Frank Spellman, America’s Oldest Olympic Weightlifting Champion, Has Passed Away

On Thursday this week, Olympic gold medalist in weightlifting Frank Spellman passed away at the age of 94.

Spellman set several Olympic records and earned a gold medal at the first post-World War II Olympic Games, held in London in 1948. Competing in the -75kg weight class, the 25-year-old Spellman was the only Olympian to successfully completed all nine of his lifts – three attempts each at the snatch, clean & jerk, and press – and set an Olympic record with his total of 390kg.

“I had goosebumps all over. It was very, very exciting,” he told USA Weightlifting in a 2012 interview. “It was one of those days that when everything seems to go right. No matter what I tried, it worked. That was extremely a wonderful thing. I’m a flag waver, and I wanted the United States to win and I was willing to try my utmost in making I made the most out of every lift. As it turned out, I was very fortunate. I had one of those days that every athlete wishes for.”

Like many strength athletes, Spellman spent his youth as a gymnast. After a chance meeting with a weightlifter, he was invited to try the clean and press, and during one of his first attempts at the lift he managed to clean and press 130 pounds at a bodyweight of 120 pounds.

“He said, ‘You’re not supposed to be able to do that,’” Spellman recalled. “Of course, I didn’t know. That sparked me.”

While his Olympic feats were remarkable in their own right, Spellman was perhaps best-known as one of America’s finest Jewish weightlifters. In addition to his feats at the Olympics, he won a gold medal in the -75kg weight class at the 1950 World Maccabiah Games, an international Jewish multi-sport event that’s held every four years in Israel.

In 1954, he established a new world record at the U.S. National (AAU) Squat Championships, when he squatted 510 pounds at a 170 pounds bodyweight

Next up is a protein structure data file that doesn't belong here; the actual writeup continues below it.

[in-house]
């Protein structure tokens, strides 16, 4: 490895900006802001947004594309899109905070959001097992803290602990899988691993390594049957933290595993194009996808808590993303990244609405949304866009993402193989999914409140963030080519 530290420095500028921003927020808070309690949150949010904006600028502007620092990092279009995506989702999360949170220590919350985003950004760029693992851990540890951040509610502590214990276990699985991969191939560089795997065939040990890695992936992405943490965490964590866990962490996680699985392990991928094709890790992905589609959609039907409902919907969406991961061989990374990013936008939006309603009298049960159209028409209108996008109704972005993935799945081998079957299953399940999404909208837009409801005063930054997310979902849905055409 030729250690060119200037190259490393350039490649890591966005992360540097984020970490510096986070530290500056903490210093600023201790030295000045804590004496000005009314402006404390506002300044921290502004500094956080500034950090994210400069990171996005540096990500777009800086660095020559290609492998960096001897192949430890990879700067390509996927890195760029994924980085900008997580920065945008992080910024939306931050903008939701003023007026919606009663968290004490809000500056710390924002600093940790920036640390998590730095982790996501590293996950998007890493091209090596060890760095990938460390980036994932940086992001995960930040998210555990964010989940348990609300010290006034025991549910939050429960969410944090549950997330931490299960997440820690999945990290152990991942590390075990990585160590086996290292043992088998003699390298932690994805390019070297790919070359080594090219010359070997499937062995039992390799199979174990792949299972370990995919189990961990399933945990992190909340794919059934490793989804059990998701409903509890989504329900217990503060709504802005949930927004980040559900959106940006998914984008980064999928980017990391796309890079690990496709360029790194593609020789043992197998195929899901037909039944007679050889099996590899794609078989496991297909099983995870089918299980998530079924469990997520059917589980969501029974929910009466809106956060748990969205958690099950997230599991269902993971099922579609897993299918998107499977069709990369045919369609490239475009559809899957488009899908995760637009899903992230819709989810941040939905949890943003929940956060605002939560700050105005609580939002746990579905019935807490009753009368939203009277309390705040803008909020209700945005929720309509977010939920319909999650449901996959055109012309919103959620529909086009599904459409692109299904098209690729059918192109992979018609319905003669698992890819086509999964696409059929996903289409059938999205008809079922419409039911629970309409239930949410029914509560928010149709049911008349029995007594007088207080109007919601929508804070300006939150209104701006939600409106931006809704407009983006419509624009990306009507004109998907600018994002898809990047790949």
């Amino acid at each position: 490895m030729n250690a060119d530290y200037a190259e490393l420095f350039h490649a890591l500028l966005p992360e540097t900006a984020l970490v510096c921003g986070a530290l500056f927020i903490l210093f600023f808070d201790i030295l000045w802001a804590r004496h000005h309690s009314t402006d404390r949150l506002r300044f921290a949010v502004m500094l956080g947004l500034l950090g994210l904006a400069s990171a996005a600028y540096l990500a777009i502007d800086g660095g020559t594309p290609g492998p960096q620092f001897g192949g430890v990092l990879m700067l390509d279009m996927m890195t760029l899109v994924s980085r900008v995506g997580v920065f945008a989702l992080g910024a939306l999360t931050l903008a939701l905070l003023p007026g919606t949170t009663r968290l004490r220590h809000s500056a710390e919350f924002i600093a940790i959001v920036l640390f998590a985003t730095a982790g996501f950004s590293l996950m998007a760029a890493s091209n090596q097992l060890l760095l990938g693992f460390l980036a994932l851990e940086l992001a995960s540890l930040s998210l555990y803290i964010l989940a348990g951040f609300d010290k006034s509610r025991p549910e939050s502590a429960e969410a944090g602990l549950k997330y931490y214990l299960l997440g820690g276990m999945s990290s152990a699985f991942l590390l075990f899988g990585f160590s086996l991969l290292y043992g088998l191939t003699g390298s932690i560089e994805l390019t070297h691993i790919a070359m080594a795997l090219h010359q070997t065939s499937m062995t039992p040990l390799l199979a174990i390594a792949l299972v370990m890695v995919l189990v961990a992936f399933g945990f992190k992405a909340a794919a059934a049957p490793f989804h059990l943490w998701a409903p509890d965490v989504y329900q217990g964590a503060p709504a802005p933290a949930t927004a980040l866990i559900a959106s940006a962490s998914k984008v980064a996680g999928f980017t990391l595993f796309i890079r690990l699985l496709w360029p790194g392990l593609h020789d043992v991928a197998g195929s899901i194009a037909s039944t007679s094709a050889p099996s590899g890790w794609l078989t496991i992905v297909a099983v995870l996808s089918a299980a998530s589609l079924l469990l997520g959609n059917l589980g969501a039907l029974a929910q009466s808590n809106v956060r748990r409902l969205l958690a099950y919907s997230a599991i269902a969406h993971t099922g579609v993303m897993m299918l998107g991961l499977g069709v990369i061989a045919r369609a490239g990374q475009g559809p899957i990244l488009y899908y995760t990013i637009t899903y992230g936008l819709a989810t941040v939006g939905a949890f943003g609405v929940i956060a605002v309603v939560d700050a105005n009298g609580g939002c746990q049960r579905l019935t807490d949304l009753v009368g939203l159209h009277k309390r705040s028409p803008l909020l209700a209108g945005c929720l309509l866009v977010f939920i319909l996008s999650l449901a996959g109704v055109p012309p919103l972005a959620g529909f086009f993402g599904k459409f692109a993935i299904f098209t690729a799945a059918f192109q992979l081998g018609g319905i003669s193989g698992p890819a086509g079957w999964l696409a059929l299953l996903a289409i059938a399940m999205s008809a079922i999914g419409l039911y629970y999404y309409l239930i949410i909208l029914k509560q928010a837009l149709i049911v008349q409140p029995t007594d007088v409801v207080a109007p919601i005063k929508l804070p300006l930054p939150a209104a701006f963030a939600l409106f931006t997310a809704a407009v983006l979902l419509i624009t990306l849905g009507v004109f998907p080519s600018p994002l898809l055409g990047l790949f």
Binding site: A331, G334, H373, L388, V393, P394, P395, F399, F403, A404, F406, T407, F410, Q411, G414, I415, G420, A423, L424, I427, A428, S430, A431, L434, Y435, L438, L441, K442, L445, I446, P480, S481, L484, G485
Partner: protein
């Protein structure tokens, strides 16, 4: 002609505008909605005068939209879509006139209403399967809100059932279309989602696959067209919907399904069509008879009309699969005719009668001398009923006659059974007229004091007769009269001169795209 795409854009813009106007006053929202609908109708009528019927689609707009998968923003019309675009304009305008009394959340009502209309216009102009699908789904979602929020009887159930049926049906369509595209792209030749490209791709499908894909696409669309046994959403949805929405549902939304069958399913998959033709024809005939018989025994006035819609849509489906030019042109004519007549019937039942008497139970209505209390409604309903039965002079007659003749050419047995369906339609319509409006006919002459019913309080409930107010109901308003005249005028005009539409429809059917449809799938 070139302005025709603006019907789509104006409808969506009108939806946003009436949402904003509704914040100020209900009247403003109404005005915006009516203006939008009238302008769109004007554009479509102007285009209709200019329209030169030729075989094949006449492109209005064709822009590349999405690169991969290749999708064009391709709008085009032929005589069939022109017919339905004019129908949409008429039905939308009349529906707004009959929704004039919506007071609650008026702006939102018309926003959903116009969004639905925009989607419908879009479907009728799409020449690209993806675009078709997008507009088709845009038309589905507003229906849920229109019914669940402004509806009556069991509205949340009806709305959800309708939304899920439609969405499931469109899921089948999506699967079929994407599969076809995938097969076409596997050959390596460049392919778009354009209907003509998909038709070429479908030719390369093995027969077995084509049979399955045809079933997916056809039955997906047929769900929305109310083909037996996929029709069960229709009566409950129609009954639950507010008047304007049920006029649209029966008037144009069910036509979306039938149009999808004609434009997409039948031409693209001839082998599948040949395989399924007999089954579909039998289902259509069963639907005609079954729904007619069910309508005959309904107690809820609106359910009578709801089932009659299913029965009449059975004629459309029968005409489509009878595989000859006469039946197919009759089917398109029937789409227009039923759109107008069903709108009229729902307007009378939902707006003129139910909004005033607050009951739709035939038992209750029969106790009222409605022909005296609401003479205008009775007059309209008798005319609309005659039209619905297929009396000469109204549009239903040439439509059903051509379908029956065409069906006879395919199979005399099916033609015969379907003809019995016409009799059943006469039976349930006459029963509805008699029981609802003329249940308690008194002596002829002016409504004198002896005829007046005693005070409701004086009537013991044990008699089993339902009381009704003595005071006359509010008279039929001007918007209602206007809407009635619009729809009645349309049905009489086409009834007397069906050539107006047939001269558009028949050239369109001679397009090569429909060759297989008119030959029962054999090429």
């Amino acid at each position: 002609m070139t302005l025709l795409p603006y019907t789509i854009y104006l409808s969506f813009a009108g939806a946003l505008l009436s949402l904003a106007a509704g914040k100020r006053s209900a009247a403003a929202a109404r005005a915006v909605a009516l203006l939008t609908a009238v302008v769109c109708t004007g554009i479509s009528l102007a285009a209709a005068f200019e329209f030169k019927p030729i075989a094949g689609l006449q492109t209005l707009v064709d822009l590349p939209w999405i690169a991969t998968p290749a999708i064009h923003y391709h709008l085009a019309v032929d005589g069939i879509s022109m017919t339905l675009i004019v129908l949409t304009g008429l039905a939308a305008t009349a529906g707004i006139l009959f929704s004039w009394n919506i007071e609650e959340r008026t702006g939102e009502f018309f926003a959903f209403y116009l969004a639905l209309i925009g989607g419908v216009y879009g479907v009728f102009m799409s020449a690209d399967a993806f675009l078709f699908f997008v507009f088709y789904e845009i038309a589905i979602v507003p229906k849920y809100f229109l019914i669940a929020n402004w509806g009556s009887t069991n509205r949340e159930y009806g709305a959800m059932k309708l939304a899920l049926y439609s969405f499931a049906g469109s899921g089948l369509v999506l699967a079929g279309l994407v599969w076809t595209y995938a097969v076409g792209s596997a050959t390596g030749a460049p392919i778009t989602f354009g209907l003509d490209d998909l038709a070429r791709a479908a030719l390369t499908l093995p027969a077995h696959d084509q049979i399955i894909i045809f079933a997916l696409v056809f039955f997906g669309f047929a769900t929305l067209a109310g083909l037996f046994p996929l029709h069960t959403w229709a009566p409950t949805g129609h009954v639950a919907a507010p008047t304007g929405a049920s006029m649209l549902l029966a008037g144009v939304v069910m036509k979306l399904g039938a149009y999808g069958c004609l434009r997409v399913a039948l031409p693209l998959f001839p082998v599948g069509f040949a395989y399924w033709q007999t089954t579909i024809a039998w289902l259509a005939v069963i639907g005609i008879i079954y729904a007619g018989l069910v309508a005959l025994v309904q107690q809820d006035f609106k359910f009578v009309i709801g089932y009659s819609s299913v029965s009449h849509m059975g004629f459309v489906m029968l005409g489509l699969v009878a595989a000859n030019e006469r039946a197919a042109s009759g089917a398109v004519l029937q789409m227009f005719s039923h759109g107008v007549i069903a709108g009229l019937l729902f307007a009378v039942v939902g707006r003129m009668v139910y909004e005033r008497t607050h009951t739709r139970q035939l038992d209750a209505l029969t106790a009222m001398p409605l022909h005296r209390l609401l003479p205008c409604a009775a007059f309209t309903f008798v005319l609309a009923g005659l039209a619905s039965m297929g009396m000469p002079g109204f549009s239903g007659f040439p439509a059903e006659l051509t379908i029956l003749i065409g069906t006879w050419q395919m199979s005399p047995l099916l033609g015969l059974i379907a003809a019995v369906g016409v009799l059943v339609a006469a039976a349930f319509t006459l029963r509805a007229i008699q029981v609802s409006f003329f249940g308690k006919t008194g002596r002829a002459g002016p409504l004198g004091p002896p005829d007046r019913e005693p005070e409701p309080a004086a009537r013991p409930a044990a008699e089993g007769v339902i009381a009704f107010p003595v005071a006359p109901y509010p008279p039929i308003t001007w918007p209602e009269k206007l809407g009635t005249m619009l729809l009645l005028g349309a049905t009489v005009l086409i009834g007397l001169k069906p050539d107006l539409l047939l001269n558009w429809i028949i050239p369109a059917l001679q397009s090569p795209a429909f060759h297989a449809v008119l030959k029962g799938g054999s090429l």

Spellman won his final championship in 1971 at age 49, and continued lifting well into his nineties, even after multiple bypass surgeries. At age 90, he claimed he could still perform seated presses of 110 pounds for reps. At the time of his death, he was the oldest living Olympic Weightlifting champion in the United States.

Featured image via USA Weightlifting.


Previous articleNew CrossFit Games Site Makes Following Athletes Easier Than Ever
Next articleCanadian Junior National Championships to Feature Top Weightlifters
Nick is a content producer and journalist with over seven years’ experience reporting on four continents. His first articles about health were on a cholera outbreak in rural Kenya while he was reporting for a French humanitarian organization. His next writing job was covering the nightlife scene in Shanghai. He’s written on a lot of different kinds of things, but his passion for health ultimately led him to cover it full time.Shanghai was where he managed to publish his first health related article (it was on managing diarrhea), he then went on to produce a radio documentary about bodybuilding in Australia before he finished his Master’s degrees in Journalism and International Relations and headed to New York City. Here, he’s been writing on health full time for more than five years for outlets like Men's Health, VICE, and Popular Science.Nick’s interest in health kind of comes from an existential angle: how are we meant to live? How do we reach our potential? Does the body influence the mind? (Believe it or not, his politics Master’s focused on religion.)Questions like these took him through a lot of different areas of health and fitness like gymnastics, vegetarianism, kettlebell training, fasting, CrossFit, Paleo, and so on, until he realized (or decided) that strength training fit best with the ideas of continuous, measurable self improvement.At BarBend his writing focuses a little more on nutrition and long-form content with a heaping dose of strength training. His underlying belief is in the middle path: you don’t have to count every calorie and complete every workout in order to benefit from a healthy lifestyle and a stronger body. Plus, big traps are cool.